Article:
182 Cablegram to Canberra

Jakarta, 24 August 1975


Portuguese Timor

Ref O.JA1399 1

It might be helpful if I attempt to summarize main aspects of Timor situation as of Sunday midday as seen from here.

  1. Indonesia, in particular President Soeharto, has behaved with restraint and prudence in the situation so far.
  2. As of this morning, 24 August, President still does not want to authorise Indonesian intervention unless Portuguese Government, in the circumstances of its own inability to restore peace and order, agrees with this course. Another factor would be the acceptance that it is already too late for the UN to take effective action. Additional restraining factors, apart from possible Australian, American and international reactions to unrequested, unilateral Indonesian intervention, is that Indonesian forces could be involved in action against both FRETILIN and UDT forces, which would inevitably involve Indonesian casualties in present charged situation.
  3. I have also now spoken to Lieutenant-General Benny Moerdani-one of the few significant figures in the situation here whom I have previously not contacted and he-although a well-known 'hawk'-repeated that the President would not authorize intervention without Portugal's response to Indonesia's offer to restore peace and order. Benny Moerdani also enquired about Radio Australia report this morning that Governor Pires had called on 'international forces to intervene' adding that virtually the only international forces in a position to do so promptly, would be Indonesian.
  4. Indonesia probably cannot stand by for very long while killing continues unabated and especially if it starts to involve APODETI and its supporters, particularly indigenous Timorese supporters of integration. If Indonesia does intervene, even without a Portuguese request for assistance,-and we could be moving towards that situation if Portugal does not respond soon-they will be able to make a number of points to justify this, namely:-
    1. APODETI has so far tried to stay out of the conflict;
    2. although it was rejected and Indonesia probably knew it would be-APODETI did propose a referendum in Portuguese Timor at the Macao meeting;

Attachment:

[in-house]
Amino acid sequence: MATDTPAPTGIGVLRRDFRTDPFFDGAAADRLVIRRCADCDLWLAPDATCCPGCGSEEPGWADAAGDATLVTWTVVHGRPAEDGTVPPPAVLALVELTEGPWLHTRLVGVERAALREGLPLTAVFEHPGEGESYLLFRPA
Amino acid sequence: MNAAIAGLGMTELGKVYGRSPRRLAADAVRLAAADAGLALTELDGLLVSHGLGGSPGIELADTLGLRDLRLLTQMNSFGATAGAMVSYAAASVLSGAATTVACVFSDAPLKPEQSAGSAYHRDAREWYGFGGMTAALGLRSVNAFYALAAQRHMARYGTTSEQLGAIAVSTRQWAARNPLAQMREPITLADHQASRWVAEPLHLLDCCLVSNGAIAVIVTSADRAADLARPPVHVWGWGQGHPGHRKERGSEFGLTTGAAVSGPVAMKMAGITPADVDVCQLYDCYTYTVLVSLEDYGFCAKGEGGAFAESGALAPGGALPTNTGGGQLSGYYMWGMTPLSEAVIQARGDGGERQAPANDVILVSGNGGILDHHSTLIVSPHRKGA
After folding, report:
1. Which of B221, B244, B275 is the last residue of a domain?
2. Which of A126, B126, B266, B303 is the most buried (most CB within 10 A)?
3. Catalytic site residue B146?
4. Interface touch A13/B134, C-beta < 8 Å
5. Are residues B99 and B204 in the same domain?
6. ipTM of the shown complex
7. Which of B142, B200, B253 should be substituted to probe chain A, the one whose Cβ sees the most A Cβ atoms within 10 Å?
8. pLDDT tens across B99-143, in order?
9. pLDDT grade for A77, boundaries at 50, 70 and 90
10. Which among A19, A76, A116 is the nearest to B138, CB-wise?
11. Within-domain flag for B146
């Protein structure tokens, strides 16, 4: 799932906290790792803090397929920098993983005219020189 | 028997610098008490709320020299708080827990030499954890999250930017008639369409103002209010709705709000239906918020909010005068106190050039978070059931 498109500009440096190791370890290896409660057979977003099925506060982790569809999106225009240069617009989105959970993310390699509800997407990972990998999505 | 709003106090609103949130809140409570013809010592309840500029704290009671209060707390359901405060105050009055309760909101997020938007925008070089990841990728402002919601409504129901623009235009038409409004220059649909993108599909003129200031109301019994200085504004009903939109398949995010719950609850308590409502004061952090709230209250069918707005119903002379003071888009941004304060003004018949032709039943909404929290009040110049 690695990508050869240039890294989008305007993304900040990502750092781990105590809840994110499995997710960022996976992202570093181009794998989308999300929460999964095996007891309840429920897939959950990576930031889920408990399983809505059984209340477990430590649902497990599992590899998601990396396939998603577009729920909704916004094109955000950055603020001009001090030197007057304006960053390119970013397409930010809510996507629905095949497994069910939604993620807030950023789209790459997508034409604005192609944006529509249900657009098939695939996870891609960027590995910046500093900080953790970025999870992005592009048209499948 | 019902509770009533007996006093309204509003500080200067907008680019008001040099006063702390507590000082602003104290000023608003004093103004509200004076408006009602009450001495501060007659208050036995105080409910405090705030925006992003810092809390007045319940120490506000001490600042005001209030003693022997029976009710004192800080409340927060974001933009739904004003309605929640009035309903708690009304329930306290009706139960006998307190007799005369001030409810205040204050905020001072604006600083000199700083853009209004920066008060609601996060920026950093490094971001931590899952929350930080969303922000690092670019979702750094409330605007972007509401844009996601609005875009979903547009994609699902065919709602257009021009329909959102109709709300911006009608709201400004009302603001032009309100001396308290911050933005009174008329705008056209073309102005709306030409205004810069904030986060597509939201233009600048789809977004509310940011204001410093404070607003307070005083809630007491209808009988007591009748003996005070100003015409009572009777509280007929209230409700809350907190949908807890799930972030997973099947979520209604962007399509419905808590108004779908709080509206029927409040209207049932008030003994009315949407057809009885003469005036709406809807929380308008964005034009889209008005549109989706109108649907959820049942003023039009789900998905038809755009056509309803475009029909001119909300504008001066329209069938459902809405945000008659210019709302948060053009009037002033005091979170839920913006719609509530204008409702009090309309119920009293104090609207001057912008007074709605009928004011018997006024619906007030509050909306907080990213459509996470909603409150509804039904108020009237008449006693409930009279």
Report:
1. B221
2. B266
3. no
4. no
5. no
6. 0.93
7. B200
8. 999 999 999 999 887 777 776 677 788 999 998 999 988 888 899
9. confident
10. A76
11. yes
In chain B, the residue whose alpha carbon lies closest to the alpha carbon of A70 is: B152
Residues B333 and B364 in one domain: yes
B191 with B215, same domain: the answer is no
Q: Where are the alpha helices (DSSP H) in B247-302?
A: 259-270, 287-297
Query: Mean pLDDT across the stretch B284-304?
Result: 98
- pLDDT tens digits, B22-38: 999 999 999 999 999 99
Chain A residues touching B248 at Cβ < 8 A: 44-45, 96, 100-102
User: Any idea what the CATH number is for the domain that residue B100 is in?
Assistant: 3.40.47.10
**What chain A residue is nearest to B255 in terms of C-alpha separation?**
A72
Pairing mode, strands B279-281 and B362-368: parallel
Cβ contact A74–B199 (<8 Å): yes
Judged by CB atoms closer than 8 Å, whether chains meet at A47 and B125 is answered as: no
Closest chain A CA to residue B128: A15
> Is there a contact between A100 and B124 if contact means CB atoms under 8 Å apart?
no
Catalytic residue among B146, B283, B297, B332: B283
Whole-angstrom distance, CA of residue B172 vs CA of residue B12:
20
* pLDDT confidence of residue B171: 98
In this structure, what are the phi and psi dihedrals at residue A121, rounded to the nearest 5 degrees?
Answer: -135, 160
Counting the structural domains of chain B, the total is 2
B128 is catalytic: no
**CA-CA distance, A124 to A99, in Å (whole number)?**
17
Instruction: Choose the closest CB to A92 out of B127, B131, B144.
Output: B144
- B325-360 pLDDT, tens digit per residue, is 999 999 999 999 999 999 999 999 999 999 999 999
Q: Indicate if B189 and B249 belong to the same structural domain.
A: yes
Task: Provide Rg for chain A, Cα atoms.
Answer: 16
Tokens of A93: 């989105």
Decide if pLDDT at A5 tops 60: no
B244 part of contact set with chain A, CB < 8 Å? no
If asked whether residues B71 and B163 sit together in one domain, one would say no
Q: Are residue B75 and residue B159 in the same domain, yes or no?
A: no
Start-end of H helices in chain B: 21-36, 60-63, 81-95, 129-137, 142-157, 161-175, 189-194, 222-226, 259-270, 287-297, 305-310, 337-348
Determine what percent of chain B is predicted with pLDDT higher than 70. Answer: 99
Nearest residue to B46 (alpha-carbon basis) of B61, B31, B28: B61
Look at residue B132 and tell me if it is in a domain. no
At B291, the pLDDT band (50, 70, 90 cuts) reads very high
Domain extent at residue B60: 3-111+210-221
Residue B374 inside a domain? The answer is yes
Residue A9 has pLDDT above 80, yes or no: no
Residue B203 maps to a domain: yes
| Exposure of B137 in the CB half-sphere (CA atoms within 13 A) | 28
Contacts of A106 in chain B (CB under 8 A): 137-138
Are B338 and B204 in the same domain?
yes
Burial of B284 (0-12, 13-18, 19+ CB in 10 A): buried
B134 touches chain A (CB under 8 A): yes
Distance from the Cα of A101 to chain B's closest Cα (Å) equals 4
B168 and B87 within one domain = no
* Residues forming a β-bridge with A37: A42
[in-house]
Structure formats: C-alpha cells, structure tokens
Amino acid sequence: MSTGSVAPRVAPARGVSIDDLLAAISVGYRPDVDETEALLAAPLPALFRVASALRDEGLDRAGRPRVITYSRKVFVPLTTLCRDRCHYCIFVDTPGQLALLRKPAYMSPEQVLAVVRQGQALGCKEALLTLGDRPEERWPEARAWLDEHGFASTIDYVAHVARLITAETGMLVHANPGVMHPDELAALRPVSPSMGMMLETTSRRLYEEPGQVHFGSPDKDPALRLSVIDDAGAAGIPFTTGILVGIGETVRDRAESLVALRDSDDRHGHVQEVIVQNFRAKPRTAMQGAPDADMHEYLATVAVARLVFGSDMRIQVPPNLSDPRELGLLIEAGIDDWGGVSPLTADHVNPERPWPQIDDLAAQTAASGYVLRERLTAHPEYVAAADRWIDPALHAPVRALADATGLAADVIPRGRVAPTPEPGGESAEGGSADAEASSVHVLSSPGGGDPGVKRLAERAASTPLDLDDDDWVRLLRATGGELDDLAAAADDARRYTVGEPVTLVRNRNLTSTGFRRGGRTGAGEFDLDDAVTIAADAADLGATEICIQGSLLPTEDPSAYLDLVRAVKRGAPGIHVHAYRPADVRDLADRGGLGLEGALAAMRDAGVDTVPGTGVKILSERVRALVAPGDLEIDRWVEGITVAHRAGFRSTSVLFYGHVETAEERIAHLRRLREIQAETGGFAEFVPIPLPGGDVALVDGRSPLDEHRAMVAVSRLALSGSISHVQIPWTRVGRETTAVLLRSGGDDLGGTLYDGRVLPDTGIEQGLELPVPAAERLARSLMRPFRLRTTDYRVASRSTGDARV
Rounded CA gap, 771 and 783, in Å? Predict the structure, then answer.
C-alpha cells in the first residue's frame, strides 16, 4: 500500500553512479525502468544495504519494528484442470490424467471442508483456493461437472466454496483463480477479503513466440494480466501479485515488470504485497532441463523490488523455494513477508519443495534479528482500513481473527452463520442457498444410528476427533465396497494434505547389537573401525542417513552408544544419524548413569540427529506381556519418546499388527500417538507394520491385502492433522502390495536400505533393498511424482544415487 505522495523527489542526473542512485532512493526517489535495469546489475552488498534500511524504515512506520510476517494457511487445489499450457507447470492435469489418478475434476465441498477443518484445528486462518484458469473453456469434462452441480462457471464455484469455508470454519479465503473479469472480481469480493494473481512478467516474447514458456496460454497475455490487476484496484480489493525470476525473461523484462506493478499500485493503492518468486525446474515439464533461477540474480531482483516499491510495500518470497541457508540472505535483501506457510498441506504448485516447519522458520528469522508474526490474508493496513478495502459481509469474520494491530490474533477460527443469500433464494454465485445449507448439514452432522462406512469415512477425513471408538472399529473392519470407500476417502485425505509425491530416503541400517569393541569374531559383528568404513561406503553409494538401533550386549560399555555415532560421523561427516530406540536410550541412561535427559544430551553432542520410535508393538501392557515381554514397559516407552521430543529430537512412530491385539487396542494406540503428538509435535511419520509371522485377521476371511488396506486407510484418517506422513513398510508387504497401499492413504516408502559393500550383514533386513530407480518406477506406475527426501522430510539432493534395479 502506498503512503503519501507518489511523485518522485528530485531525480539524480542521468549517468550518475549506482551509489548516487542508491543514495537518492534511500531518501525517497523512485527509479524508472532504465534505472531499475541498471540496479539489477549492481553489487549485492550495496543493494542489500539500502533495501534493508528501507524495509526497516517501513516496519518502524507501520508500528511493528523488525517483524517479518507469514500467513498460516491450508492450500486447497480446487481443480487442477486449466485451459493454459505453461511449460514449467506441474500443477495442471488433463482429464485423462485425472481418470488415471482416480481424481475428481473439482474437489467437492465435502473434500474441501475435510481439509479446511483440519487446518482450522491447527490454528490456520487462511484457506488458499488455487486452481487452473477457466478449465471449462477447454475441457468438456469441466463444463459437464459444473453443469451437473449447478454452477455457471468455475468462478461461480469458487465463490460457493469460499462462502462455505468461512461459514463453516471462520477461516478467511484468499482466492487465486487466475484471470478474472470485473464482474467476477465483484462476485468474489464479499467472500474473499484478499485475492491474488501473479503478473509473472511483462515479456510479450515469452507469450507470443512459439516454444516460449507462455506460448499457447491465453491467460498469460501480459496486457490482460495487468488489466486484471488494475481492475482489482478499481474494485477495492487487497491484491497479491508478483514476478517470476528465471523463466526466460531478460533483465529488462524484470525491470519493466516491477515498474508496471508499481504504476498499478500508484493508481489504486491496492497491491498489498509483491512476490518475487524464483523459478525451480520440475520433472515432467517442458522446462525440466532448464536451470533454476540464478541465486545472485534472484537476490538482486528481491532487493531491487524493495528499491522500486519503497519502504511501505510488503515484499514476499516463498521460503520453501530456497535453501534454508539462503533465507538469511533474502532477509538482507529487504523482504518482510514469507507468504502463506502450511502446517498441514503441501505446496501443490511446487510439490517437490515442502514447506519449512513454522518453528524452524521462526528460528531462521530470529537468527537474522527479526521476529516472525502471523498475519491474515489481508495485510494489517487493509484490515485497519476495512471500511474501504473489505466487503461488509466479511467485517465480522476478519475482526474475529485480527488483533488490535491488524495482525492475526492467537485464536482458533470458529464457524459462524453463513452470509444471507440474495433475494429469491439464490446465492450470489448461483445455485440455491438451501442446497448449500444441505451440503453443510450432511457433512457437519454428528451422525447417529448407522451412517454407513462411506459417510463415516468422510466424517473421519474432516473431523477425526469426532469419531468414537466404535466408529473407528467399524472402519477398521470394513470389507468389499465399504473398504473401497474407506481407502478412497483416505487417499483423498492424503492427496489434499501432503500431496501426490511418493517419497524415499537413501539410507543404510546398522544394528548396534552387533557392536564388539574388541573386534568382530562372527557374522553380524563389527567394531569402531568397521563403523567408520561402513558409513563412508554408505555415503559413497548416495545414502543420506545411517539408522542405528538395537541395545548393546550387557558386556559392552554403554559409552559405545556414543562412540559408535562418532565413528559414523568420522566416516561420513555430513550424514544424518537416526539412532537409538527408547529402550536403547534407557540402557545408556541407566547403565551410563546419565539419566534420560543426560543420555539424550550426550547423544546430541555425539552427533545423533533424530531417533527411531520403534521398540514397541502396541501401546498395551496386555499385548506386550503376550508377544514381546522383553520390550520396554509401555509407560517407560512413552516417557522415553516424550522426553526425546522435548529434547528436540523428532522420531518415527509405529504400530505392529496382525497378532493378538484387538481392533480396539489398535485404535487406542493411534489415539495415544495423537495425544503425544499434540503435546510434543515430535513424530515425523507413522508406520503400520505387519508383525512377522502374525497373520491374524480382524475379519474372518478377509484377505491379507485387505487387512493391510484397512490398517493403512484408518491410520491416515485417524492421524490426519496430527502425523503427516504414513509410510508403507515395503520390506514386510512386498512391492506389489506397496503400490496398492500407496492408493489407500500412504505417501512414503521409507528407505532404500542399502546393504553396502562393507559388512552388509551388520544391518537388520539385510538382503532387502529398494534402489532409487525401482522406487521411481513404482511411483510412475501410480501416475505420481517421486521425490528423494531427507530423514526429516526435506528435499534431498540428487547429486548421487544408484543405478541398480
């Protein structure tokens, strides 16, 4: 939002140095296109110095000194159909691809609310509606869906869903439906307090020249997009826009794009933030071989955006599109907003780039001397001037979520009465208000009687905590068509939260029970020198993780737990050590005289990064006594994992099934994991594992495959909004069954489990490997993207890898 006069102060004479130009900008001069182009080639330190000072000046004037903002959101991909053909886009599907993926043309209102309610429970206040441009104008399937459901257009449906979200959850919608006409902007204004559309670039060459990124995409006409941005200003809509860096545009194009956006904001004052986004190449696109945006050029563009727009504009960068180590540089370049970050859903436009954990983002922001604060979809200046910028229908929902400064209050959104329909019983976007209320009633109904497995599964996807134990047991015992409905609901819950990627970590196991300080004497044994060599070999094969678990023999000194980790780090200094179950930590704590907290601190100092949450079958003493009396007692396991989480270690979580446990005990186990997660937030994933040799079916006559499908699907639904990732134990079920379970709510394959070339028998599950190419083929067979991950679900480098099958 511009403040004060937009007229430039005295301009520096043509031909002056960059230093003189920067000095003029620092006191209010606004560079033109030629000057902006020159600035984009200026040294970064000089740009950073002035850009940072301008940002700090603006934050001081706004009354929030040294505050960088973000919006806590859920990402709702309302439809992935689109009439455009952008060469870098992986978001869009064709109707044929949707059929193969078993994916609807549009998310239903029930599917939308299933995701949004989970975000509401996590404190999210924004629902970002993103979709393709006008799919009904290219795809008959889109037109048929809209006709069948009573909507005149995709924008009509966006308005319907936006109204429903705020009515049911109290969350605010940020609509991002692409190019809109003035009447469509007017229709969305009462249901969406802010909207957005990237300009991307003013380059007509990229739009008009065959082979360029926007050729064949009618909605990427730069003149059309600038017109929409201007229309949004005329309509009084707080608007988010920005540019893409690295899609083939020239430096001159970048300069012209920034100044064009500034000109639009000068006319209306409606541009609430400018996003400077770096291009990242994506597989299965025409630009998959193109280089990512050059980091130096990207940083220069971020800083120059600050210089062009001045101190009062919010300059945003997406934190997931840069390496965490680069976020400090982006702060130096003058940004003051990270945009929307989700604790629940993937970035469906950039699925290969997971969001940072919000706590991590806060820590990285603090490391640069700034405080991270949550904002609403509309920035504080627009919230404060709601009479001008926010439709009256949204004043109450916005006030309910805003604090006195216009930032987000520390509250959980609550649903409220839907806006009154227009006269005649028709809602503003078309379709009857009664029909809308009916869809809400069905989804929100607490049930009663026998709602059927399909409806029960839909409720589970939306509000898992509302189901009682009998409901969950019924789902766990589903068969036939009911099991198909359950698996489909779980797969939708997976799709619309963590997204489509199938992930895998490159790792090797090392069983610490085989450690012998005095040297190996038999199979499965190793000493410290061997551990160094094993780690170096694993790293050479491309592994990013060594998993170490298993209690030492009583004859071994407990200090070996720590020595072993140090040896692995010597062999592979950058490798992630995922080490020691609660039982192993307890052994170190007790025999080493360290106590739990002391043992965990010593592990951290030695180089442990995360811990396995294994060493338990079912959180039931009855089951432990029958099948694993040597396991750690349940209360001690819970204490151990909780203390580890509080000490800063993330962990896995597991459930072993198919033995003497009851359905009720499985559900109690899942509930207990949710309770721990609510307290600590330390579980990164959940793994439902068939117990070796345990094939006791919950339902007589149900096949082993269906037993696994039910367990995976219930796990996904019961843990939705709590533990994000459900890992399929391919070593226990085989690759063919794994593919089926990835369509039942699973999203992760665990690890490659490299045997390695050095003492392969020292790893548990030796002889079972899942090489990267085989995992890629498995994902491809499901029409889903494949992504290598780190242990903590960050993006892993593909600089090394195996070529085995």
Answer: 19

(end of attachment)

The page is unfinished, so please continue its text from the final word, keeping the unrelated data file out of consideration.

3. FRETILIN boycotted the Macao meeting and is apparently largely responsible for the present mortaring and shelling in Dili;
    4. UDT precipitated the coup and the consequent problems while APODETI and Indonesia have held their own hands;
    5. Indonesia has offered to assist the Portuguese in restoring law and order and has shown restraint during the present critical period, while awaiting Portugal's response;
    6. Indonesia's public position in support of arrangements for the people of Timor to determine their own future-and, as far as the President is concerned, his private position also-should stand up quite well internationally;
    7. the present situation is due not so much to Indonesia or APODETI (despite some excesses in February and March, especially on the part of APODETI, which were curtailed partly as the result of Australian influence) as it is to a failure of Portuguese control in the face of precipitate action by UDT and FRETILIN, the leaderships of both of which are largely non-indigenous.
  5. Sudharmono and Benny Moerdani have both given me the assurance, for what it is worth in this rapidly evolving situation, that if Indonesia does decide to 'move' then 'Australia will be informed in advance'. Moerdani said that we should get at least 2 hours' notice.
  6. The current situation raises again the question of whether the Prime Minister wants any views communicated to the President, either directly or indirectly. We would also appreciate guidance on Australian reaction to Indonesian intervention on the one hand, in response to Portuguese agreement that they should do so in an attempt to restore law and order if this is forthcoming and, on the other hand, stand-by guidance in the event that Indonesia does feel obliged to intervene without a Portuguese request or acquiescence. As of now I still do not expect this latter contingency but much will depend on what happens in Portugal and on the ground in Timor.
  7. If the Prime Minister does decide on some personal message to the President in the situation as it is now, I would suggest that he be guided in part by paragraphs 15 and 21 of my O.JA1389.2 We come back I think to the following essential factors;
    1. it is Indonesia's policy to incorporate Timor. Indonesia had hoped this could be achieved over a period of time in an internationally accepted manner;
    2. the present situation, which is not really Indonesia's fault, despite tendencies to blame them in some quarters, seems to render improbable Portuguese reassertion of its authority or effective action by the United Nations;
    3. the President will even at this stage only decide to intervene with considerable reluctance and, if he does so, we should not place ourselves in the vanguard of Indonesia's critics. Rather we should show as much understanding as we can of Indonesia's position and we should do what we can to assist in the humanitarian field in the restoration of peace and order; and finally
    4. we should keep in mind that there is no inherent reason why integration with Indonesia would in the long run be any less in the interests of the Timorese inhabitants than a highly unstable independence or continuing factional fighting.


[NAA: Al838, 3038/13/2/1, i]